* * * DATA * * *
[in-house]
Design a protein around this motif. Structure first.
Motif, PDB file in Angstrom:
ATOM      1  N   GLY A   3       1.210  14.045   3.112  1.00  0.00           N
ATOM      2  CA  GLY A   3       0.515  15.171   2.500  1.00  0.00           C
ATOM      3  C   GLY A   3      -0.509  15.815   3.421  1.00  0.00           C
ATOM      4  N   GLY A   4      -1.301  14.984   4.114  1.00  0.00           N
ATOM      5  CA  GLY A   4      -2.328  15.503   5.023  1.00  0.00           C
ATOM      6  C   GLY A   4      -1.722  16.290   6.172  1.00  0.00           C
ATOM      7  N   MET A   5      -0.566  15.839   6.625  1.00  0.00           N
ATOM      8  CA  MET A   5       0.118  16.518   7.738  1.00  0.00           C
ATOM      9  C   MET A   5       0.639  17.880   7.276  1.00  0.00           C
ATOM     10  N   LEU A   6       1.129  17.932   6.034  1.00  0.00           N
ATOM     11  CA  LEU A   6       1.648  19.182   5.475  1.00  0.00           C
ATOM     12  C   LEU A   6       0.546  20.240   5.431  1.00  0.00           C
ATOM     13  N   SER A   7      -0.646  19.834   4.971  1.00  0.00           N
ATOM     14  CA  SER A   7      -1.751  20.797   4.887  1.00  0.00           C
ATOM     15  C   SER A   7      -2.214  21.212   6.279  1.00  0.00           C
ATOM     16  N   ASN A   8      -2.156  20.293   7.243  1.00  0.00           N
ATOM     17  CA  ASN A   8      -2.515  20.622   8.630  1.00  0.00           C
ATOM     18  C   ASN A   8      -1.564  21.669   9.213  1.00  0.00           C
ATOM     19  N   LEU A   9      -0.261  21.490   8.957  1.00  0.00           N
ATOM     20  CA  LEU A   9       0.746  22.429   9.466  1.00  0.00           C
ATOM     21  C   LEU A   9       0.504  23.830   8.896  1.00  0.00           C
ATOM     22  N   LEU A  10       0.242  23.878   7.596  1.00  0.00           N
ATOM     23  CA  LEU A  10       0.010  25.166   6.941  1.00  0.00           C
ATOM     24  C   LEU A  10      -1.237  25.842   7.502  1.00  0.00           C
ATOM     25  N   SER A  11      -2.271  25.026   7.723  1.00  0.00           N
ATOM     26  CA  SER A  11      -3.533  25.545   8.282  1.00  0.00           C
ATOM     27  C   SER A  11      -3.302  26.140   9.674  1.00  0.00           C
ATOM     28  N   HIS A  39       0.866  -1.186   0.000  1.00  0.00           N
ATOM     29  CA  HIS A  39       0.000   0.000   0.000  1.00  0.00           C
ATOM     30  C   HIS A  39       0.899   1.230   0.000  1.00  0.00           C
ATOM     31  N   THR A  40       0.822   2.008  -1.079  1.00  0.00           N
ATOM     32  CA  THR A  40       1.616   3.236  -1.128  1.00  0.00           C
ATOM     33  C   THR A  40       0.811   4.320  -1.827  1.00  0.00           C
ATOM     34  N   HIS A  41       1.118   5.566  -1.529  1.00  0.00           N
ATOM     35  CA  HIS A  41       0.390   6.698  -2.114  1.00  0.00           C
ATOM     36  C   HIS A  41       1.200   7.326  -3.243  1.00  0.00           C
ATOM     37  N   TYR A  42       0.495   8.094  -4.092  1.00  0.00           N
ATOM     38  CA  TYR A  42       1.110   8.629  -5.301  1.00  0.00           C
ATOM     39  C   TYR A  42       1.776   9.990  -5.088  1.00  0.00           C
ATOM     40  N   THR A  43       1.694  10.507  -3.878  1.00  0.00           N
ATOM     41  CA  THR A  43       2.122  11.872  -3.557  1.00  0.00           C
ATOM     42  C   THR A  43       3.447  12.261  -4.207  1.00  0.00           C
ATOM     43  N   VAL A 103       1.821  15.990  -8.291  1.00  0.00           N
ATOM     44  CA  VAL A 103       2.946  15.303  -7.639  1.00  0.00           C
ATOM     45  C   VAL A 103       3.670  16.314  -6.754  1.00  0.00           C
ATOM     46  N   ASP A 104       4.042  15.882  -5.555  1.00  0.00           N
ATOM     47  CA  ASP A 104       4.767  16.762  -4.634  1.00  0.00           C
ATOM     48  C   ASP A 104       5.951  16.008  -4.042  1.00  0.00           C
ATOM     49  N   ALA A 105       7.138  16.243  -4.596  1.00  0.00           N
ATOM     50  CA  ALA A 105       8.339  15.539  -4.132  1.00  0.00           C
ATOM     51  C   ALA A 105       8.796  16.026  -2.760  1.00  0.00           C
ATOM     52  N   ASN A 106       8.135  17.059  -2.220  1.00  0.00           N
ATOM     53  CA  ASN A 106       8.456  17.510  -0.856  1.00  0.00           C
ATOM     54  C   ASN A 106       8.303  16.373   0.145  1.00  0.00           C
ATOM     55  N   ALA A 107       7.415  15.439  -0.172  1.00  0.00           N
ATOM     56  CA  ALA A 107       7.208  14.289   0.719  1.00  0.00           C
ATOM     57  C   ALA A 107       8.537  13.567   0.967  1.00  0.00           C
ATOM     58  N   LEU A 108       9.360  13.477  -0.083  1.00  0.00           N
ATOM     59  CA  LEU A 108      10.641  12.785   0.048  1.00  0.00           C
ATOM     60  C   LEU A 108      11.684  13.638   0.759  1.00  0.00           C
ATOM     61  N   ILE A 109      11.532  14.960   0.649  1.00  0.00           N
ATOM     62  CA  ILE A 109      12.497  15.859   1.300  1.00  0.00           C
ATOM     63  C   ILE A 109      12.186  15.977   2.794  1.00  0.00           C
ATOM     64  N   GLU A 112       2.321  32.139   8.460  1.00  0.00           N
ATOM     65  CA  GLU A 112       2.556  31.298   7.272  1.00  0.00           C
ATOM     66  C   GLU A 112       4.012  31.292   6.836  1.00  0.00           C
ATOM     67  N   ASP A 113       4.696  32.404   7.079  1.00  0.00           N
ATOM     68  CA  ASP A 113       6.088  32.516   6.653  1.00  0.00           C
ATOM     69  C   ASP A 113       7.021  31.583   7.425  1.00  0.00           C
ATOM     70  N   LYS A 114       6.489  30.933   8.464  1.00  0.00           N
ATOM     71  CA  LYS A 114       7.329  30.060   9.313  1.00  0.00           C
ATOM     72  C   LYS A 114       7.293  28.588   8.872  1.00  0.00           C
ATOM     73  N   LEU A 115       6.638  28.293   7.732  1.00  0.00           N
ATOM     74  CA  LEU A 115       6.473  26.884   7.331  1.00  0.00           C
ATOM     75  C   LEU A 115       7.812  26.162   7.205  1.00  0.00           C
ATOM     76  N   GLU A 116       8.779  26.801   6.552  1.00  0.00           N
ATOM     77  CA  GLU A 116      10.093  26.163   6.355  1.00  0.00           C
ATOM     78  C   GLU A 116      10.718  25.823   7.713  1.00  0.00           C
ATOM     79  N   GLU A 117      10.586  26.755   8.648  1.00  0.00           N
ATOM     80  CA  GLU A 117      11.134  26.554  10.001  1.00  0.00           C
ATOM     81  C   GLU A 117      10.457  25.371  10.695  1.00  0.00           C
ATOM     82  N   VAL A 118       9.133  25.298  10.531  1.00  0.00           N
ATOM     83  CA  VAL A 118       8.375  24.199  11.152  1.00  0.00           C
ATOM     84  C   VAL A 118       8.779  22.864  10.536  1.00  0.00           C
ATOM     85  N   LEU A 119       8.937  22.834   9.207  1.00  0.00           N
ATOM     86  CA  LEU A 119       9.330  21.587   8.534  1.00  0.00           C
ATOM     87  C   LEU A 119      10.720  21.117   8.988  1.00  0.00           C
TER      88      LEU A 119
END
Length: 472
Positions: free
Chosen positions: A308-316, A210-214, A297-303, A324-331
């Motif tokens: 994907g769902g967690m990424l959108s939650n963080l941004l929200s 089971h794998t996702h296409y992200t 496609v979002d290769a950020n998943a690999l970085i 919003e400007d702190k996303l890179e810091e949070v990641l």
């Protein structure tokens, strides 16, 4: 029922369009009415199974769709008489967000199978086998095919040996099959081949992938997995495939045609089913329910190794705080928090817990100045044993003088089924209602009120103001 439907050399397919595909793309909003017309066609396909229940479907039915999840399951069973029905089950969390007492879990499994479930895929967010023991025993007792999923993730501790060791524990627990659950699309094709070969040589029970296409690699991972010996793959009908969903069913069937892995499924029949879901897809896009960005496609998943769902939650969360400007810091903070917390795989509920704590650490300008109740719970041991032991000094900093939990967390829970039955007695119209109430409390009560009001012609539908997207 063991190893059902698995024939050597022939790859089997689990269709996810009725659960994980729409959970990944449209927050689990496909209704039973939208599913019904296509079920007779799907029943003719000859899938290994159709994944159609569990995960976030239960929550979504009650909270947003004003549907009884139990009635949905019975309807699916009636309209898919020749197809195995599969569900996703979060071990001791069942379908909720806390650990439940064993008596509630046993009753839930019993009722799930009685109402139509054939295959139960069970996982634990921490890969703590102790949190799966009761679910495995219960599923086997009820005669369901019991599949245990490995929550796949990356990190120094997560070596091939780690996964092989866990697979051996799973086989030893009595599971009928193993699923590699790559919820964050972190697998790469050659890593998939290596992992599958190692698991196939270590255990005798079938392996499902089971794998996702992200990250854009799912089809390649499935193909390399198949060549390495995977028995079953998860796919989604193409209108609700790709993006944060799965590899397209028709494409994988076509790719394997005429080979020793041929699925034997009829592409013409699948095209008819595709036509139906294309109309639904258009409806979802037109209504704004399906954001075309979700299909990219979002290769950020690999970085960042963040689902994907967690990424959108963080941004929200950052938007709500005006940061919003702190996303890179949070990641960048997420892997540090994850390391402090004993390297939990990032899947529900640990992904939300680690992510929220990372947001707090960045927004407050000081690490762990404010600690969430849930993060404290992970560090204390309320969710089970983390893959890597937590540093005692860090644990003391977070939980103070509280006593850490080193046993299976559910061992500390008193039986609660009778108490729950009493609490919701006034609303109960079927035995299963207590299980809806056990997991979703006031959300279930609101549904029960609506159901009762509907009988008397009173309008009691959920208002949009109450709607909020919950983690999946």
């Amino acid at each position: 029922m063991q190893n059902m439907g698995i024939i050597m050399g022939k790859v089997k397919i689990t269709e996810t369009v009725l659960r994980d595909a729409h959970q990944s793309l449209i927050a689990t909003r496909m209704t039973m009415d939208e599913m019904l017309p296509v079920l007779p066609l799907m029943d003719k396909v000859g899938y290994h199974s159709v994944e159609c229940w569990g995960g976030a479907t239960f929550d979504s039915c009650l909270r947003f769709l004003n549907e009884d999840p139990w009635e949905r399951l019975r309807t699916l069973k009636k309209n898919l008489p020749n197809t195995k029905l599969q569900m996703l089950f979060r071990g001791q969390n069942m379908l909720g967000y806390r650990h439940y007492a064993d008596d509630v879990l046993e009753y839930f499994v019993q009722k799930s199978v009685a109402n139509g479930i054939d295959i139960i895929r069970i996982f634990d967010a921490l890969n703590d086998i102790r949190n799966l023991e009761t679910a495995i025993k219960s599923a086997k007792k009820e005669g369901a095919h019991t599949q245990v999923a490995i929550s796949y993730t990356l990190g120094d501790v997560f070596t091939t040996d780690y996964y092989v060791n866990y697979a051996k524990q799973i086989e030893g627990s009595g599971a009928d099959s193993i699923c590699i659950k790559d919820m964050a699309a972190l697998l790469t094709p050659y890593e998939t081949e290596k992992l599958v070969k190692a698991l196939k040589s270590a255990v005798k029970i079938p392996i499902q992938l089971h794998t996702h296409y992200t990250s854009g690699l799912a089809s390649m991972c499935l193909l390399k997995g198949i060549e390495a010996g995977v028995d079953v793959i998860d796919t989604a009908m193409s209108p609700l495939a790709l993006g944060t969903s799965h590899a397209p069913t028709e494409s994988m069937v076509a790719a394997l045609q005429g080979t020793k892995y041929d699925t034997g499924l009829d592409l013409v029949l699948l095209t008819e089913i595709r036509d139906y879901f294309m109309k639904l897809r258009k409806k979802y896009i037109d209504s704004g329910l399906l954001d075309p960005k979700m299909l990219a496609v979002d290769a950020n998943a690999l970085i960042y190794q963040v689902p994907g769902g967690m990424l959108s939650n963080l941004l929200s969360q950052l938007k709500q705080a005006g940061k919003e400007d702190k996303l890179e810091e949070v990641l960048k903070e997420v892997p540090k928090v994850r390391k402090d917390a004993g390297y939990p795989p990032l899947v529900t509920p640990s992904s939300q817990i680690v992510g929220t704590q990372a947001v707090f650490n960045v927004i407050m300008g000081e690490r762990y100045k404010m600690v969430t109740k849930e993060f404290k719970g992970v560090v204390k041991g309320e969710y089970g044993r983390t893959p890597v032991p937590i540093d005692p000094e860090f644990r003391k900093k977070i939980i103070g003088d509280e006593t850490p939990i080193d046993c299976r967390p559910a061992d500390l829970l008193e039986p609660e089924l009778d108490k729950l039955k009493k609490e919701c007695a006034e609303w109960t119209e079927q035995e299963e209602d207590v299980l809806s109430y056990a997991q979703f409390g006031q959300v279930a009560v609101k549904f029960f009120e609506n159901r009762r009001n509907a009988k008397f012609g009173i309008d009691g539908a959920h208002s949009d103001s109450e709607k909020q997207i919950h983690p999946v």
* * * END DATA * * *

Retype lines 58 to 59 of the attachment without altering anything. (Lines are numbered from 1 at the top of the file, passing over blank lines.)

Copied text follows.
ATOM     55  N   ALA A 107       7.415  15.439  -0.172  1.00  0.00           N
ATOM     56  CA  ALA A 107       7.208  14.289   0.719  1.00  0.00           C